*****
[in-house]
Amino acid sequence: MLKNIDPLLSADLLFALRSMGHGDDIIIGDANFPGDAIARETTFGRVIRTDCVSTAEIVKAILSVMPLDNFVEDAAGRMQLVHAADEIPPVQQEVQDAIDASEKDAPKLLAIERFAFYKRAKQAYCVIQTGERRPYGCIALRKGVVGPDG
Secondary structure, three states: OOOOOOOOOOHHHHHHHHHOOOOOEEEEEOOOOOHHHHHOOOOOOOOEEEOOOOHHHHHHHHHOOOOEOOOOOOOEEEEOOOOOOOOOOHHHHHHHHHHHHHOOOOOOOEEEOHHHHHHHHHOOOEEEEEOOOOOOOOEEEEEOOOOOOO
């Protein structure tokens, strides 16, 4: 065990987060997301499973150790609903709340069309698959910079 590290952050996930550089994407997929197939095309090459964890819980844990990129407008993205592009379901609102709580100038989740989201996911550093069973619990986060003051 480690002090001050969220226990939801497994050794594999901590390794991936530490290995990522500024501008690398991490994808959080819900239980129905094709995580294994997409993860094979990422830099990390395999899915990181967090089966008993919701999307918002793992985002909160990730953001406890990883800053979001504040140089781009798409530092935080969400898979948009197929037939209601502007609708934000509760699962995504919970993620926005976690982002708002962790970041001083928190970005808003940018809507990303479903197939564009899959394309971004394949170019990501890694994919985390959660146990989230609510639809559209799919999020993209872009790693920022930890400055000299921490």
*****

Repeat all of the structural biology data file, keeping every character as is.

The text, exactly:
[in-house]
Amino acid sequence: MLKNIDPLLSADLLFALRSMGHGDDIIIGDANFPGDAIARETTFGRVIRTDCVSTAEIVKAILSVMPLDNFVEDAAGRMQLVHAADEIPPVQQEVQDAIDASEKDAPKLLAIERFAFYKRAKQAYCVIQTGERRPYGCIALRKGVVGPDG
Secondary structure, three states: OOOOOOOOOOHHHHHHHHHOOOOOEEEEEOOOOOHHHHHOOOOOOOOEEEOOOOHHHHHHHHHOOOOEOOOOOOOEEEEOOOOOOOOOOHHHHHHHHHHHHHOOOOOOOEEEOHHHHHHHHHOOOEEEEEOOOOOOOOEEEEEOOOOOOO
């Protein structure tokens, strides 16, 4: 065990987060997301499973150790609903709340069309698959910079 590290952050996930550089994407997929197939095309090459964890819980844990990129407008993205592009379901609102709580100038989740989201996911550093069973619990986060003051 480690002090001050969220226990939801497994050794594999901590390794991936530490290995990522500024501008690398991490994808959080819900239980129905094709995580294994997409993860094979990422830099990390395999899915990181967090089966008993919701999307918002793992985002909160990730953001406890990883800053979001504040140089781009798409530092935080969400898979948009197929037939209601502007609708934000509760699962995504919970993620926005976690982002708002962790970041001083928190970005808003940018809507990303479903197939564009899959394309971004394949170019990501890694994919985390959660146990989230609510639809559209799919999020993209872009790693920022930890400055000299921490």